Whether hardware-accelerated GPU scheduling is active and you are having this difficulty with desktop applications, games, or Universal Windows Platform apps, follow the steps below to temporarily turn it off in the Settings app to see if the issue is resolved.

Here’s what you need to do:

Note: With a few minor GUI differences, these methods should work on both Windows 10 and Windows 11.

  1. To access the Settings menu, use the Windows key + I.
  2. From the vertical menu on the left side of the Settings menu, select System.
  3. After that, select Display from the menu on the right-hand side of the screen.
    Access the Display Settings
  4. Scroll down the list of choices under the Display settings and choose Graphics (under Related settings).
    Access the Graphics settings
  5. Click on Change default graphics settings from the next screen (under Default Settings).
  6. Disable the toggle for Hardware-accelerated GPU scheduling once you’re in the Default graphics settings.
    Disable the hardware-accelerated GPU scheduling
  7. After disabling hardware acceleration, restart your computer and after the subsequent startup is complete, see if the high GPU usage problem has been resolved. 

Move on to the technique below if the issue is still not resolved.

6. Disable Windows Transparency effects

One potential reason you are experiencing unusually high GPU usage by Desktop Windows Manager and the Client Server Runtime processes is a Windows GUI option known as Windows Transparency effects.

This option adds an elegant layer to the way your windows look, but it can also cause the use of a lot of available GPU resources if you are using a low-end GPU and you don’t have an integrated GPU to take the load off the dedicated equivalent.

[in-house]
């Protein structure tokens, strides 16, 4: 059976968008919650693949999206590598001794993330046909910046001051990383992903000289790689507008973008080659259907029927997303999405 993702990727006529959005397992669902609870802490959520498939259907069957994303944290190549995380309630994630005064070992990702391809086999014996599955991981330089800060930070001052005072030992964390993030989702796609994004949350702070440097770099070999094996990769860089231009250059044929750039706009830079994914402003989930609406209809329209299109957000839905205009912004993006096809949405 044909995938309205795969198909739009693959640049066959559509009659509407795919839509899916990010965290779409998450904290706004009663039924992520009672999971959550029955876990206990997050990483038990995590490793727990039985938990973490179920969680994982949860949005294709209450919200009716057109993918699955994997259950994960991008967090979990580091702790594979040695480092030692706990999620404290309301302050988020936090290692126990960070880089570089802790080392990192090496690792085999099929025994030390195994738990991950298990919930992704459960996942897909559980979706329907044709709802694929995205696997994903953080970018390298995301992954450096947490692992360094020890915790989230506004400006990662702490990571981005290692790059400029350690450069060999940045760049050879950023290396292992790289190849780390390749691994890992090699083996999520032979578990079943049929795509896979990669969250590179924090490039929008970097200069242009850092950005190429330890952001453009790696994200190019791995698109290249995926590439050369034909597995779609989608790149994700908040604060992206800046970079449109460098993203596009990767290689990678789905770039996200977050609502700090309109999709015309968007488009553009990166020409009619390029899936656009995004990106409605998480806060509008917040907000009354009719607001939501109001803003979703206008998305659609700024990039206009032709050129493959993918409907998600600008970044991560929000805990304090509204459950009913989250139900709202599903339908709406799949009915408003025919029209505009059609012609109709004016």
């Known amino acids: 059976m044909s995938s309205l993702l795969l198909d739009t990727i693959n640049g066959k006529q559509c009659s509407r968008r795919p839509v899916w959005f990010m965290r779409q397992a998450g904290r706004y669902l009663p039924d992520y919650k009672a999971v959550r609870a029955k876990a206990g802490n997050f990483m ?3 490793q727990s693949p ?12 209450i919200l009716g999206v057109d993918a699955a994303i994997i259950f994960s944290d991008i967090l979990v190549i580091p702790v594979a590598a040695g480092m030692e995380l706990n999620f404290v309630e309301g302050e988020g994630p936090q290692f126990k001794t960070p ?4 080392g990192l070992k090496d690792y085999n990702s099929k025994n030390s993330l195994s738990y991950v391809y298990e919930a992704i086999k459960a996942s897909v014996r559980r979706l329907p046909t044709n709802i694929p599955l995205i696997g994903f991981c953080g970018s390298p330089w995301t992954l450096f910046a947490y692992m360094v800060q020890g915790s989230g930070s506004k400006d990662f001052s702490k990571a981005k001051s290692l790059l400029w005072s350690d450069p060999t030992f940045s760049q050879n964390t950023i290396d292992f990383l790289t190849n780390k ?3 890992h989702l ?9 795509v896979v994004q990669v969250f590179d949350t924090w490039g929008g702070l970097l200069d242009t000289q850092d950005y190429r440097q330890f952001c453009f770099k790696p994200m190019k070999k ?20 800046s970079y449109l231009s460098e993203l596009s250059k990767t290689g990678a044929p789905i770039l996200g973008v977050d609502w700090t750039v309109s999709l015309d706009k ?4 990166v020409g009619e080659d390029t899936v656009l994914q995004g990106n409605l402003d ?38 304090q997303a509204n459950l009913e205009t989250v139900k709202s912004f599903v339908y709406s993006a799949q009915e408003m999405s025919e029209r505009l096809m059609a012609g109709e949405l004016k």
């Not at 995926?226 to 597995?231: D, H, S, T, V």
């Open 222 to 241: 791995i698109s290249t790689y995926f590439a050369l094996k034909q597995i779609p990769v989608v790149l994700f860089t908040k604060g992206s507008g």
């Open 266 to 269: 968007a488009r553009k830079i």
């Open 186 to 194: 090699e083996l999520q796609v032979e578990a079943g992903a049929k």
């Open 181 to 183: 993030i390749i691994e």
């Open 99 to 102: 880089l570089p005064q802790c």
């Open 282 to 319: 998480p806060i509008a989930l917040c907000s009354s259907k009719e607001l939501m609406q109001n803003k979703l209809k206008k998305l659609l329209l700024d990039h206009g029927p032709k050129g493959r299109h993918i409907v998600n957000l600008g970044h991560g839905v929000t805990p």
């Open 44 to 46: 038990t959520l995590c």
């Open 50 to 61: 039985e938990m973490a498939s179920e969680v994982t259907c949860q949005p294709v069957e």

Several users dealing with the same issue have confirmed that they managed to reduce the GPU usage of the two processes by disabling the transparency effects. This fix is confirmed to work on both Windows 10 and Windows 11. 

Here’s what you need to do:

  1. Press Windows key + I to open up the Windows Settings screen.
  2. Next, click on Personalisation (from the context menu on the left).
  3. Move to the right-hand side and click on Colors from the options list. 
    Access the colors tab
  4. Finally, uncheck the box associated with Transparency Effects and reboot your PC once you’re inside the Colors tab. 
    Disable transparency effects

Once your PC boots back up, see if your GPU usage has decreased. If the same issue is still occurring, move to the next method below. 

7. Configure applications to Maximum Performance (Nvidia Only)

If you are using an Nvidia GPU and you are only experiencing this issue while running certain applications or games, you might be able to fix this issue by changing the behavior of the apps that cause the two processes (dwm.exe and csrss.exe) to hog the GPU bandwidth by utilizing the NVIDIA Control Panel. 

Other users dealing with the same issue have managed to tone down their GPU usage by accessing Nvidia Control Panel and adjusting all the applications that exhibit this issue to Maximum Performance.